The owners shake their heads when they hear Foxworth, who participated in the negotiations and presumably saw their last proposal on March 11, suggest that their rookie wage proposal included 6-year term lengths for first-rounders.
"The league's proposal was the whole first round would sign for 5 years, which was a concession by us, and everyone else could sign for 4, which is essentially the existing system," a league executive said. "This is why it's so [bleeped] up. Even when we make a concession, they somehow perceive it as they're getting screwed."
The league vehemently disagrees with Foxworth's contention that the number of busts at the top of the draft is "very low" and that the number of great players is "pretty high."
"The truth is, 50 percent of the players in the first round don't make it," the executive said. "By that, I mean [players] who become quality starters. I'm not even talking Pro Bowlers. All of the money that went to people like the JaMarcus Russells and Vernon Gholstons should be going to players like Foxworth.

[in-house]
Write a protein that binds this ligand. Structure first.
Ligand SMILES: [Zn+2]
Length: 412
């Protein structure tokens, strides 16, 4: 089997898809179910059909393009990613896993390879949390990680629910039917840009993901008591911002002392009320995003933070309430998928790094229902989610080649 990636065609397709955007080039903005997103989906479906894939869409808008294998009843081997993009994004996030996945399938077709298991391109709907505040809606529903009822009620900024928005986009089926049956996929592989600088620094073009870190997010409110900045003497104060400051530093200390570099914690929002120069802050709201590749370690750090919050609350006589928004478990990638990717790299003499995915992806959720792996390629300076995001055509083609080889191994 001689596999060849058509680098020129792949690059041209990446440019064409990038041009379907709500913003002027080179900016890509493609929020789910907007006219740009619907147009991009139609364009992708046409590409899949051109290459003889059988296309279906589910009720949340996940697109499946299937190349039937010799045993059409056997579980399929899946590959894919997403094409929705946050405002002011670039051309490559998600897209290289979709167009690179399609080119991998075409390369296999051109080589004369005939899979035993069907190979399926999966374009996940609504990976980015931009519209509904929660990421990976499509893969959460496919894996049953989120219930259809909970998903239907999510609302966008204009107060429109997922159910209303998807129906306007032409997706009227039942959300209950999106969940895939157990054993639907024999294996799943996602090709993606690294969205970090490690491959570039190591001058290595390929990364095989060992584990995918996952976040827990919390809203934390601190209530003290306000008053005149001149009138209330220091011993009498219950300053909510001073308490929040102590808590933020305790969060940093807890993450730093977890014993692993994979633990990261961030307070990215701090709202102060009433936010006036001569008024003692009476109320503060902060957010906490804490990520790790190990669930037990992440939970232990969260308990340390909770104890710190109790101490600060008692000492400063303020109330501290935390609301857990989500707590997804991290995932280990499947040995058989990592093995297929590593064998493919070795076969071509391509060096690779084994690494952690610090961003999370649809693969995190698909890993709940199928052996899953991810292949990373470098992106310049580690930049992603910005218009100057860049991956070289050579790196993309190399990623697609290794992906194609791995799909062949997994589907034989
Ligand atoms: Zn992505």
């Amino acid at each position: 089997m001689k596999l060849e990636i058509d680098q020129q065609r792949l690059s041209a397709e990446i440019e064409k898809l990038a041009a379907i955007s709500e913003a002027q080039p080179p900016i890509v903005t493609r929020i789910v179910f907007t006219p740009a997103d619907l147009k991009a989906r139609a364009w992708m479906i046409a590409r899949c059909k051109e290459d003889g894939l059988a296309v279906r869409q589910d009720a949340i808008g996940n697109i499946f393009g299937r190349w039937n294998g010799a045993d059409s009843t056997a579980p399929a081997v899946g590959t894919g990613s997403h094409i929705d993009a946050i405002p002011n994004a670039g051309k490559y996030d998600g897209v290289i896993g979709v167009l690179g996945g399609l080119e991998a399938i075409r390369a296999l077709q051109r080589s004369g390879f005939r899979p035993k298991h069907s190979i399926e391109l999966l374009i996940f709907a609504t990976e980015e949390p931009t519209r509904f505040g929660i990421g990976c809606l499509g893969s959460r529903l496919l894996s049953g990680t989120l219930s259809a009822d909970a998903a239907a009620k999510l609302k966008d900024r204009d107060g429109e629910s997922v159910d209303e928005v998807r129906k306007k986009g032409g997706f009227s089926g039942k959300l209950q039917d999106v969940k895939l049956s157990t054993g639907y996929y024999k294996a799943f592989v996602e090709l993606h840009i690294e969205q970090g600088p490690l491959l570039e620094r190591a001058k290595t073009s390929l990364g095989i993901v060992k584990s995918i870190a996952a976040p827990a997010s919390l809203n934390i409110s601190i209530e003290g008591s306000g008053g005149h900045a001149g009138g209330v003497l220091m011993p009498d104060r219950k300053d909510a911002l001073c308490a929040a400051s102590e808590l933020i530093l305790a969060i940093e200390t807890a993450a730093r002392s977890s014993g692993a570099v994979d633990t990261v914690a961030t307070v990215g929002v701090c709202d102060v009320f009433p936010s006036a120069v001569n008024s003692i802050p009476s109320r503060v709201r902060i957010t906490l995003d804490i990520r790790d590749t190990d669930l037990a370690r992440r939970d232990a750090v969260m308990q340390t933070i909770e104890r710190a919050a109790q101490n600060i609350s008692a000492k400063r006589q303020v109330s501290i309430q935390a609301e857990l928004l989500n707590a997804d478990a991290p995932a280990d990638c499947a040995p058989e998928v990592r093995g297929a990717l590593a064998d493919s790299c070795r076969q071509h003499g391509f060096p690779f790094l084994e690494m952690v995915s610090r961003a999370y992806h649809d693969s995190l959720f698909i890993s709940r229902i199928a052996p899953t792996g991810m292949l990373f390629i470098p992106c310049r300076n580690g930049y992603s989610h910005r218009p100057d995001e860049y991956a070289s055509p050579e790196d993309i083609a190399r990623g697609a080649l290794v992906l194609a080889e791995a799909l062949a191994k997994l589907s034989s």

"I've heard the union say, 'Oh, they just want to try and create a system so that the busts don't get so much money. Well, that certainly is part of it. But the essence [of the rookie wage proposal] was to try and make sure the value of the top 10 picks was returned from a team perspective, competitive balance wasn't blown up by teams that had one or two first-round busts in a 3- or 4- or 5-year period, and try to get the salaries of those picks back in line with what was the original intent of the rookie pool system that everybody agreed to before buybacks and options and escalators and incentives and all of these other loopholes that were found to circumvent the rookie pool.
"The whole idea of the [original] rookie pool was to create a system so rookies did OK, but most of the money in the cap would go to the veterans." *